The only thing I’ve ever felt certain of when teaching source evaluation to students was that no matter what I did I was missing a lot of the nuance involved in evaluating sources. I tried myriad different checklist and every acronym I could find to help students get better at evaluating their sources, but nothing ever felt quite right. I also realized that the strategies I was showing to my students were not strategies I used myself. If I didn’t evaluate information this way, why was I expecting that it would work for students?
A few years ago a friend pointed me in the direction of Sam Wineburg’s work at Stanford, and a lightbulb went off for me. Of course none of the checklists and acronyms felt quite right–they weren’t how expert evaluators evaluated information. Checklists also tended to keep students inside the source to judge its reliability, whereas fact-checkers would go outside the source to evaluate it. I started thinking about how I could teach my students to act like fact-checkers when evaluating an unfamiliar source.
I also wanted to help students approach sources with nuance: sources rarely fit neatly into “good” or “bad” categories–and even if they did, those categories ignore the complexities of a student’s question and research need. A source can be completely factual and not helpful to a student’s research need, and a biased source can help a student understand another perspective on an issue.
I still haven’t found the “just right” way to approach this process (I’ll be sure to keep you posted if I do), but I did recently have a chance to work with a couple classes of seniors that were doing current events work. Their teachers wanted them to get better at evaluating news sources, and especially to have the skills to avoid “fake news”. Inspired by the Source Deck activity developed by librarians at the University of Virginia I came up with a game I call Trust/Don’t Trust/Proceed with Caution.
I started the class by asking students about the process of applying to colleges and jobs and having to ask for references and recommendations. Why do we ask for recommendations? Can’t you just take someone’s word for it when they say they’re hard-working and creative? Or do you want to know what other people see in them as well? That real-world connection clicked for them, and from there we moved into talking about how to “check the references” of the information we find online.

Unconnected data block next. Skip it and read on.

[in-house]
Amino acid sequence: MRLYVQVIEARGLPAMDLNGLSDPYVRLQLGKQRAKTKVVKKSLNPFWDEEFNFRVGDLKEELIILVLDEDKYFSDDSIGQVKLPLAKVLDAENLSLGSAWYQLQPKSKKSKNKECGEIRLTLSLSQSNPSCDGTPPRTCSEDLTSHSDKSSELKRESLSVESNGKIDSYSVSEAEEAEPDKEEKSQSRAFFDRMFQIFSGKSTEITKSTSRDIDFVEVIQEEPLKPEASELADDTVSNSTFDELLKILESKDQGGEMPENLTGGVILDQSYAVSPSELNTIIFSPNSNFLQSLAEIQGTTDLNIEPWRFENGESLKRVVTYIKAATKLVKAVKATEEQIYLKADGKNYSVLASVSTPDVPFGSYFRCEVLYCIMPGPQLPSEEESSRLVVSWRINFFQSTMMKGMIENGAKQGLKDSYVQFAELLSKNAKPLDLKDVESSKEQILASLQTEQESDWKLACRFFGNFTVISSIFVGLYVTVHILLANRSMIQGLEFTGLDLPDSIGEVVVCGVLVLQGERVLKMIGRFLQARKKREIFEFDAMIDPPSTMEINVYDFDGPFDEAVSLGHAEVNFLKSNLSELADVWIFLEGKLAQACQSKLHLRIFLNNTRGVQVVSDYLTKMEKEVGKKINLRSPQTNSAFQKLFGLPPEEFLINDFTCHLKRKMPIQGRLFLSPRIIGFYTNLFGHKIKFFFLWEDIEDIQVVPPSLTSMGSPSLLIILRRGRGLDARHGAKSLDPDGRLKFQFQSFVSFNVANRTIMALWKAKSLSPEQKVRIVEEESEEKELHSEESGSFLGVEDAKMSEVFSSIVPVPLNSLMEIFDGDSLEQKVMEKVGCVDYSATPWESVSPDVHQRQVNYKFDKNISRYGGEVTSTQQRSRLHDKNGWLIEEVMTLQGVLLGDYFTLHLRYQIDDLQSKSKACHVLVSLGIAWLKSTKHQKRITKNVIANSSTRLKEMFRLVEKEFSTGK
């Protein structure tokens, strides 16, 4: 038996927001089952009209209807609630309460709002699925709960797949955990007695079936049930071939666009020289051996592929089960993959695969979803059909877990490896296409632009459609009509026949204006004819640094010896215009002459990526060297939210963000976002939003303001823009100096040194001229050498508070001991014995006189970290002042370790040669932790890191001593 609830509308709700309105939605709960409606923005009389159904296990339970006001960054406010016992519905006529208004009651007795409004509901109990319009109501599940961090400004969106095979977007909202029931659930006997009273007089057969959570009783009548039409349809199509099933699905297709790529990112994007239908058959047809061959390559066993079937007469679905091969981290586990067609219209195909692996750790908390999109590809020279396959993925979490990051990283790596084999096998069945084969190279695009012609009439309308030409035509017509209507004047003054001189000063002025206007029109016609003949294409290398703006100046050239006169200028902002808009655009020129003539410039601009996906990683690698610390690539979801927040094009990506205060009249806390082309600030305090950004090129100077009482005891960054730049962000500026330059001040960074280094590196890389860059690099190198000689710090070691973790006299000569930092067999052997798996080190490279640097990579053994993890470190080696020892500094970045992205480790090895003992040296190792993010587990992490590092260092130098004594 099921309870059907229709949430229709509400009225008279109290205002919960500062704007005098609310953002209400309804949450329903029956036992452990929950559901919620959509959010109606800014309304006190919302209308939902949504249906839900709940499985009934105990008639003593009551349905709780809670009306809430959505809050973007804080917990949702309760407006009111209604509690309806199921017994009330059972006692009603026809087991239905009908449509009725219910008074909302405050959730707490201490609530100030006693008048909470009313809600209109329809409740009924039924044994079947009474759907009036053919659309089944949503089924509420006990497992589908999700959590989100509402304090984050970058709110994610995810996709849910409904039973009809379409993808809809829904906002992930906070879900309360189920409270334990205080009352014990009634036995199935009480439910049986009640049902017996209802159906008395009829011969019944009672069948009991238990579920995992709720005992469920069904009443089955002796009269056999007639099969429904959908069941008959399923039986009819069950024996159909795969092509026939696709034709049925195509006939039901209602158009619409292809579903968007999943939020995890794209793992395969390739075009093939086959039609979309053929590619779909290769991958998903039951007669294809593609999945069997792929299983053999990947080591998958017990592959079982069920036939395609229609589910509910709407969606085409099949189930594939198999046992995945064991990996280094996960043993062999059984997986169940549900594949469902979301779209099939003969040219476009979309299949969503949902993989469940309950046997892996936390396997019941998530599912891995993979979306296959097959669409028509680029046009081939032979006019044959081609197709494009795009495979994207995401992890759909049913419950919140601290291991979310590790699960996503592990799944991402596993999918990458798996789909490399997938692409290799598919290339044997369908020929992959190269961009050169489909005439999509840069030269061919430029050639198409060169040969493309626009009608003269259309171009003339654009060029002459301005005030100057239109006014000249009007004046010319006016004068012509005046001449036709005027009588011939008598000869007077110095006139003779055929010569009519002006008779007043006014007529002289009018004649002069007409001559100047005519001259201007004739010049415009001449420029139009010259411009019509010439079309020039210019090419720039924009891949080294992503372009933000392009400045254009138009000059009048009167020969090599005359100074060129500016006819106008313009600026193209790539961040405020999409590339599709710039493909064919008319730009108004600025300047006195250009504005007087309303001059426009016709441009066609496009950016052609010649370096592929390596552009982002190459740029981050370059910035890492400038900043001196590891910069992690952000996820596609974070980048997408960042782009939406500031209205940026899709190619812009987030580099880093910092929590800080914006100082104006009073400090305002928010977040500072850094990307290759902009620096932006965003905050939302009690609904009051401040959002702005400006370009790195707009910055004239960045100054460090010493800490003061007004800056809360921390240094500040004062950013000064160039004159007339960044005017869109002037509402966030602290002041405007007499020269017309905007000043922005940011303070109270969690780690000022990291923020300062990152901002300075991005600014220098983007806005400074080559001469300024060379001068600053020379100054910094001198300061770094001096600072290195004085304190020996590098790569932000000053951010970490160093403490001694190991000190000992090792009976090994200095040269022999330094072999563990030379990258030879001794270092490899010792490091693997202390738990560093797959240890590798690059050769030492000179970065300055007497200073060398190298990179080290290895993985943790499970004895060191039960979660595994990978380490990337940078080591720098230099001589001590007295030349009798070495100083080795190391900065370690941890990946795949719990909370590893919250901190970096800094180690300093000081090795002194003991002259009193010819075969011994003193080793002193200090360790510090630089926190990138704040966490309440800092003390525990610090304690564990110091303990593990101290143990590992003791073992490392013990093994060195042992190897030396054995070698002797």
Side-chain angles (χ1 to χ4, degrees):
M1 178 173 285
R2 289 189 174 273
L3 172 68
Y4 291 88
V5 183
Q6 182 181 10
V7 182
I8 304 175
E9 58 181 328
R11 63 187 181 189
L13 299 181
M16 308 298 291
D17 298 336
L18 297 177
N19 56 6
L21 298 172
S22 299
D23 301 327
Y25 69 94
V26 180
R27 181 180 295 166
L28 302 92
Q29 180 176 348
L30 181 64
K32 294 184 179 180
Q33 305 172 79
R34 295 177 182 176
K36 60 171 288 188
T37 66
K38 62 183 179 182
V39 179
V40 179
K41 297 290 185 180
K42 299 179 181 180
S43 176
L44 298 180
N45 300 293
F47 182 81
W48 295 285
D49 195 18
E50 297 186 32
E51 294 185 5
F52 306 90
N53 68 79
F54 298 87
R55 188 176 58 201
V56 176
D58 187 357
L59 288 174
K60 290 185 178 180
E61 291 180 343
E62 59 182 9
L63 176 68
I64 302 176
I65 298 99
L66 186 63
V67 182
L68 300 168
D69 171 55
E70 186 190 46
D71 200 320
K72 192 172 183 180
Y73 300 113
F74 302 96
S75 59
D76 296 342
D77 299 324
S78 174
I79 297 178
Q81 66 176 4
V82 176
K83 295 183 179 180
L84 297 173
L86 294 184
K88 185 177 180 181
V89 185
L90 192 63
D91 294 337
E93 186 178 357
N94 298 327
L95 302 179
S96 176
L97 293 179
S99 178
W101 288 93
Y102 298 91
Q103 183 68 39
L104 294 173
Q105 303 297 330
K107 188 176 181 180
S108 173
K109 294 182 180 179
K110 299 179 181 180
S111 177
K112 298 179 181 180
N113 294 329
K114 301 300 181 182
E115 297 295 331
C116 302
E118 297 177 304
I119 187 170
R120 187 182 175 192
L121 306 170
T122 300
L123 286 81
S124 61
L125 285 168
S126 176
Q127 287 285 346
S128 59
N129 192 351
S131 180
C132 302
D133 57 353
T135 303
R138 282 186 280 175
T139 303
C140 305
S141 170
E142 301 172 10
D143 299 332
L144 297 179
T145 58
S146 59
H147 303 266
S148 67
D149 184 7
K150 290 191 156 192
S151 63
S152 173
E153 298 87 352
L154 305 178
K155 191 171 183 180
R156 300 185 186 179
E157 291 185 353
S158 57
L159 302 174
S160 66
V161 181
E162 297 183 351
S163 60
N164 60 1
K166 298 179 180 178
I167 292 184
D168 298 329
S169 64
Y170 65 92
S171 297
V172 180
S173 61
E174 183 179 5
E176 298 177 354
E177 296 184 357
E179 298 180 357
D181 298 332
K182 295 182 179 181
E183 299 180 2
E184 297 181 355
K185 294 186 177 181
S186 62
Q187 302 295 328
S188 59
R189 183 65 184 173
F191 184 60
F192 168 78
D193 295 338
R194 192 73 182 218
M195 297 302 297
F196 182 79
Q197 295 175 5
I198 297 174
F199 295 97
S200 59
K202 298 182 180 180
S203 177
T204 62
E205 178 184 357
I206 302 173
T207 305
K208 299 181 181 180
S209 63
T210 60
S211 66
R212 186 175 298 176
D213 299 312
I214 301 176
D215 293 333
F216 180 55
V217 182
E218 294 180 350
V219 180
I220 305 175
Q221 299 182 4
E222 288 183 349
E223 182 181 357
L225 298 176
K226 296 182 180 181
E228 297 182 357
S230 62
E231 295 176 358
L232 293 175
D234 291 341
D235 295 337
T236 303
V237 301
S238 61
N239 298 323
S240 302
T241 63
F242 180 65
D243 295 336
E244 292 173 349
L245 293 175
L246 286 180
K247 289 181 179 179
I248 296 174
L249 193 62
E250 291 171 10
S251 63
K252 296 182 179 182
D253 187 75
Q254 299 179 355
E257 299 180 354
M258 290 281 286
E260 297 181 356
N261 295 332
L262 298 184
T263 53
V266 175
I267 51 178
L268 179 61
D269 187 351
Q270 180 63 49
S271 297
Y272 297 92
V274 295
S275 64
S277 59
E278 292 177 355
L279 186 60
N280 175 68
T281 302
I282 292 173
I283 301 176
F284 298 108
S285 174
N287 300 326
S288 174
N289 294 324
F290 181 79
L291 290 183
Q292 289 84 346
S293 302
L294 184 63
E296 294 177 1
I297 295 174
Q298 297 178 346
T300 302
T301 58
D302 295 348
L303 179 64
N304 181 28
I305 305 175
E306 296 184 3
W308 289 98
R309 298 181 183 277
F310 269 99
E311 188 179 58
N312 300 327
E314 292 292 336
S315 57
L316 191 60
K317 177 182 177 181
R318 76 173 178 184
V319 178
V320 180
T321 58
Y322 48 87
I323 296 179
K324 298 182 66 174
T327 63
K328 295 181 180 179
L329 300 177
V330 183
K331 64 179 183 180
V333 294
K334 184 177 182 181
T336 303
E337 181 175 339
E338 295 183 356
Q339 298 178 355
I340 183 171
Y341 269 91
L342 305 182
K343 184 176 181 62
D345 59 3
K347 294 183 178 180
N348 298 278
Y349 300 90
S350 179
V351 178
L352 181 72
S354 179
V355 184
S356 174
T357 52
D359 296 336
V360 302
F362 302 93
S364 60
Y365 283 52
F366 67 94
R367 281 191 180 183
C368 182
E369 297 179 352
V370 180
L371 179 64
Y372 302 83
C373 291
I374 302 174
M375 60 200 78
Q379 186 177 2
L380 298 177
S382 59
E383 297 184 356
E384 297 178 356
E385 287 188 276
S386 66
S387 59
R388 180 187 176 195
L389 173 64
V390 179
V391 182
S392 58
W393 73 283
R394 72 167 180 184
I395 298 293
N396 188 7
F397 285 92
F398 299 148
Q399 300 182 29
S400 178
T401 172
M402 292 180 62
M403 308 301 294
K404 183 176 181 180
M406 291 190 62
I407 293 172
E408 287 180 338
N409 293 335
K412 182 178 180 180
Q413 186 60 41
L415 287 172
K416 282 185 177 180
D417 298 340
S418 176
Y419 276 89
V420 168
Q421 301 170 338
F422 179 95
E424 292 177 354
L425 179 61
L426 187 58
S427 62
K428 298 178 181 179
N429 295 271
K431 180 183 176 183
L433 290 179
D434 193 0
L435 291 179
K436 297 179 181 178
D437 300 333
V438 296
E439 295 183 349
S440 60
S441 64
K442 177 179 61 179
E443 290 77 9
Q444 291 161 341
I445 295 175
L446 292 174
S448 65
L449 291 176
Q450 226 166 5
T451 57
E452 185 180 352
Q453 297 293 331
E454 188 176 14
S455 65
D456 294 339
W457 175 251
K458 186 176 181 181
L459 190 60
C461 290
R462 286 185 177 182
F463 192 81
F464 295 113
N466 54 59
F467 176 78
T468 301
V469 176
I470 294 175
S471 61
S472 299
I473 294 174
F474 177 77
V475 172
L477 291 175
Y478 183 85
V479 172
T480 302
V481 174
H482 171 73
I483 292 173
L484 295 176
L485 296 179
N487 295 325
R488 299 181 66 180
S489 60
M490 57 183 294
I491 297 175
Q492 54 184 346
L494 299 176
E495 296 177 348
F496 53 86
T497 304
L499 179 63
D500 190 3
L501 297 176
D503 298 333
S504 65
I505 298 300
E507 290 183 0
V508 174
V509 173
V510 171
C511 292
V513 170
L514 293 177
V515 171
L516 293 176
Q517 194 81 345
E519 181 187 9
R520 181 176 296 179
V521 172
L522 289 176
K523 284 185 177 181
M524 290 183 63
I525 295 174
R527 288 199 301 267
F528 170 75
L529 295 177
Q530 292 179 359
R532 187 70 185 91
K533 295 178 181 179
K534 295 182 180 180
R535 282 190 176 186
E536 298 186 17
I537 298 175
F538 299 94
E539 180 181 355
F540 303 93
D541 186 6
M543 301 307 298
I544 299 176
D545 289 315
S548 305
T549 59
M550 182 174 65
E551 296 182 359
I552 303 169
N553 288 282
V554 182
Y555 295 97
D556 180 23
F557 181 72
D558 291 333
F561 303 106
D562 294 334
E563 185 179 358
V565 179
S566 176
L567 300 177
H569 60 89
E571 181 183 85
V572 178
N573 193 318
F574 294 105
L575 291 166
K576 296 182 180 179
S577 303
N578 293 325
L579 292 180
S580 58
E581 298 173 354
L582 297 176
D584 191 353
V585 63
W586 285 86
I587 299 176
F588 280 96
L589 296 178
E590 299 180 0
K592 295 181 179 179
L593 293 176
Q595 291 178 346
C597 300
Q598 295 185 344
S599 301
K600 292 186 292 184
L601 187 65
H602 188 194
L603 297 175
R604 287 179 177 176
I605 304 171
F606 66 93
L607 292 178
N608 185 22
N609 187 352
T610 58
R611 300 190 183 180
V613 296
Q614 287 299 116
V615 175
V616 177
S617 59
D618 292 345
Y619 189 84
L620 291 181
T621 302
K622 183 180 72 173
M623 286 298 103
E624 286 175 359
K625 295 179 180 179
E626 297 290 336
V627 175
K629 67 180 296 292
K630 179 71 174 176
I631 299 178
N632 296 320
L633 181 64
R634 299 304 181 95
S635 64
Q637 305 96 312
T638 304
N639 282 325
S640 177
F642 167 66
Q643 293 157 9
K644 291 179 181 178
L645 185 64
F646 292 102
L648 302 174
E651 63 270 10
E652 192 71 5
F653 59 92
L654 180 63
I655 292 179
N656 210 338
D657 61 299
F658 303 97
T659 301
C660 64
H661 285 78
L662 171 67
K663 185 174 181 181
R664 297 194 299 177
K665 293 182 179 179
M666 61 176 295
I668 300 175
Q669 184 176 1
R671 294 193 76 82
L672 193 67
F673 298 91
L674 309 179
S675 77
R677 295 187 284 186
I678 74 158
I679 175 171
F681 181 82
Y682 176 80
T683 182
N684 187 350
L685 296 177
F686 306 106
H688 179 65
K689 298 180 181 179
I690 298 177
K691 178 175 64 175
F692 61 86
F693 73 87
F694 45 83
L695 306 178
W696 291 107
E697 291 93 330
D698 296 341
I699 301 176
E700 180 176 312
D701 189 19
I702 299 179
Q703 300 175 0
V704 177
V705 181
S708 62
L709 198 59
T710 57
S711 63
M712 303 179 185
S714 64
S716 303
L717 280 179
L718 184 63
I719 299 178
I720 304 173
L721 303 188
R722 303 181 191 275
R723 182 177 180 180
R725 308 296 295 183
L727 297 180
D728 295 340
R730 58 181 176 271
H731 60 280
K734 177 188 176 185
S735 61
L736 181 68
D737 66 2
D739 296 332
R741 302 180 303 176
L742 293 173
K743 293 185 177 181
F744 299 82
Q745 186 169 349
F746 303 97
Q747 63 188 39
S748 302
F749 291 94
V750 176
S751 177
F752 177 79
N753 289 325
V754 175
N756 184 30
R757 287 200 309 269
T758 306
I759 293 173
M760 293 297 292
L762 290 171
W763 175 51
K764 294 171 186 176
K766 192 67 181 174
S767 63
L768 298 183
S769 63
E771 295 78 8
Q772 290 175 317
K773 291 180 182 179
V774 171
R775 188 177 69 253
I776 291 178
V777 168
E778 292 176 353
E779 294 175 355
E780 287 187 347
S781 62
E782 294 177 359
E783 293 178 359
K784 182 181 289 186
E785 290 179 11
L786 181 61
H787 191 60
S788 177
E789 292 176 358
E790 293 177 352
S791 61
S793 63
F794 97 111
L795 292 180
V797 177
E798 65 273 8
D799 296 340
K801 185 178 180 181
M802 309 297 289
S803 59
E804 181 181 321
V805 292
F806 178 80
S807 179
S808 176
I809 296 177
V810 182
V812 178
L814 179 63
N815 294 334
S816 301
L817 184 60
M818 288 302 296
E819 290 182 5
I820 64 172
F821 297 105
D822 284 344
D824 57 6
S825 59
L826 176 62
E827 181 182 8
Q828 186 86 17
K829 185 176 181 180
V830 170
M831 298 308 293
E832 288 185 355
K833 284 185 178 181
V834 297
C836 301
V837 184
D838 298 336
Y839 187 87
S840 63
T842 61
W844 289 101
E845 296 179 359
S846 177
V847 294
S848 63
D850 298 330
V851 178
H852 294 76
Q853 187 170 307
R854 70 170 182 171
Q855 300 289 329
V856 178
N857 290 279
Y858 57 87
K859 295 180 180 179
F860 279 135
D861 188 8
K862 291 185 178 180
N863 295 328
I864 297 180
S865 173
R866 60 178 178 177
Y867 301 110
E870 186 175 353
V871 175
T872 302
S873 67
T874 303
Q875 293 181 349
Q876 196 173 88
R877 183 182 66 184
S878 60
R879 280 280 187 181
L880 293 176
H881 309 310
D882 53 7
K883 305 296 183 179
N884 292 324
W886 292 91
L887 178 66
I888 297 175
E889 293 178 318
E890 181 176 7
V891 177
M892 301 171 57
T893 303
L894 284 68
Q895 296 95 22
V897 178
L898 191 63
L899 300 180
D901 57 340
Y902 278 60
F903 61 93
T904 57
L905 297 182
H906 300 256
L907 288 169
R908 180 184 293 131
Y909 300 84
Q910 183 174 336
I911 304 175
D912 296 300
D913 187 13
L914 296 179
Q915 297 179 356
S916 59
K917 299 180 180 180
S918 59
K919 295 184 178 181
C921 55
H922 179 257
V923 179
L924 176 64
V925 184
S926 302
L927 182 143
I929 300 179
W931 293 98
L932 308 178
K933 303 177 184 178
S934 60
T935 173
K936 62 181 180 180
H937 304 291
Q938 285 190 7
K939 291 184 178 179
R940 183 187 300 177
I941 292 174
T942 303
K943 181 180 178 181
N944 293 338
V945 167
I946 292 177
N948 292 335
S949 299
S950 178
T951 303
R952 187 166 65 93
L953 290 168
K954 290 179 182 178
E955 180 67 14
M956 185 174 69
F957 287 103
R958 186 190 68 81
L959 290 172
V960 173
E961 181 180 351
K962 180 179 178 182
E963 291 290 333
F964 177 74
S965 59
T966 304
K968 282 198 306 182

We did a sample site together, first looking at the site’s About Us page, and then doing a search to find out more about what other people and organizations have to say about a site (we did this with [url -site:url] search, which eliminates the site itself from searches, but does show who links to the site). I talked them through how I look at search results to get the lay of the land, and then clicked through to a few sites to show them how I interpret what I find there. Most searches would come up with a Wikipedia article, so I pointed out to them how I interpret the Contents List to help with my evaluation (i.e. if there’s a section labeled “Controversies”, that’s probably where I’m going to start). I also showed them how I’d research any expert or organization quoted in an article.
After that I gave students cards with screenshots of the title, URL, and first paragraph of several news stories from sources across the political and accuracy spectrum. They then worked in groups of three to determine if this was a source they should trust, not trust, or approach with caution. We had them work in groups so they could talk through what they were finding with one another. Groups had 1-2 minutes (time got shorter as we went on and students got more confident in the process) to make their determination, and then each group had to hold up either a Trust, Don’t Trust, or Proceed with Caution sign, and explain why they had chosen it.
The “Proceed with Caution” responses (which I had weighted the deck with) led to really rich discussions about what it means to “proceed with caution” when reading a source. We don’t just want to throw up our hands and say “nothing can be trusted”–we want to approach all sources with our eyes open, but it’s also important to differentiate between “this source has a history of inaccuracy” and “this source has a bias in favor of particular positions or group.” Students were also able to distinguish between “an author who wrote for this source has a reputation for inaccuracy” versus “this source as a whole can’t be trusted.” Students also raised the question of whether or not we can trust Wikipedia, which led to a conversation about what to pay attention to when reading a Wikipedia article, and how to follow the sources they cite.
I was really impressed with the reasoning students used when deciding how to approach these unfamiliar sources, and having these conversations helped students understand how complex this process can be. I’m looking forward to expanding this lesson to be used with other types of questions and sources.